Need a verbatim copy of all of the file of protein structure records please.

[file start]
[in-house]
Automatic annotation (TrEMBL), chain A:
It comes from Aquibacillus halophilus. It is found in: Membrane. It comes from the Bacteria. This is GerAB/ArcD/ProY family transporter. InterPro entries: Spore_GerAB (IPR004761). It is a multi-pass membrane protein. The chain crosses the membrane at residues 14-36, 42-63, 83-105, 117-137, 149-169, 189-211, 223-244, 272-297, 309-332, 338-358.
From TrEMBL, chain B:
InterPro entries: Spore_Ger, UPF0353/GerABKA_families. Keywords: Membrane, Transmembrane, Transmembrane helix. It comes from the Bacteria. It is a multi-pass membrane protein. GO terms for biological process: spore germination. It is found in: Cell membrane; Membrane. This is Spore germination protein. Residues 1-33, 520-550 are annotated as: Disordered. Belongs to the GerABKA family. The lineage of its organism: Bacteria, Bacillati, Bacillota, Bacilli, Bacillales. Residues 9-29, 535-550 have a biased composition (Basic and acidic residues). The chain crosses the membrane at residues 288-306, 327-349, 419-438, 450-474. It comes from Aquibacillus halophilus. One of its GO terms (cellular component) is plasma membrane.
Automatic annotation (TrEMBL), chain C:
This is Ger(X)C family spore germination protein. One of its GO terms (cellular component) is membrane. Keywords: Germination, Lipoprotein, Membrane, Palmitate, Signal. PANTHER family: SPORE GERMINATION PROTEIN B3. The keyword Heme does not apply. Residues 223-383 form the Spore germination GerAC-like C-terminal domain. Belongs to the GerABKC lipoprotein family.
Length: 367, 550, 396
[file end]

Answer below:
[in-house]
Automatic annotation (TrEMBL), chain A:
It comes from Aquibacillus halophilus. It is found in: Membrane. It comes from the Bacteria. This is GerAB/ArcD/ProY family transporter. InterPro entries: Spore_GerAB (IPR004761). It is a multi-pass membrane protein. The chain crosses the membrane at residues 14-36, 42-63, 83-105, 117-137, 149-169, 189-211, 223-244, 272-297, 309-332, 338-358.
From TrEMBL, chain B:
InterPro entries: Spore_Ger, UPF0353/GerABKA_families. Keywords: Membrane, Transmembrane, Transmembrane helix. It comes from the Bacteria. It is a multi-pass membrane protein. GO terms for biological process: spore germination. It is found in: Cell membrane; Membrane. This is Spore germination protein. Residues 1-33, 520-550 are annotated as: Disordered. Belongs to the GerABKA family. The lineage of its organism: Bacteria, Bacillati, Bacillota, Bacilli, Bacillales. Residues 9-29, 535-550 have a biased composition (Basic and acidic residues). The chain crosses the membrane at residues 288-306, 327-349, 419-438, 450-474. It comes from Aquibacillus halophilus. One of its GO terms (cellular component) is plasma membrane.
Automatic annotation (TrEMBL), chain C:
This is Ger(X)C family spore germination protein. One of its GO terms (cellular component) is membrane. Keywords: Germination, Lipoprotein, Membrane, Palmitate, Signal. PANTHER family: SPORE GERMINATION PROTEIN B3. The keyword Heme does not apply. Residues 223-383 form the Spore germination GerAC-like C-terminal domain. Belongs to the GerABKC lipoprotein family.
Length: 367, 550, 396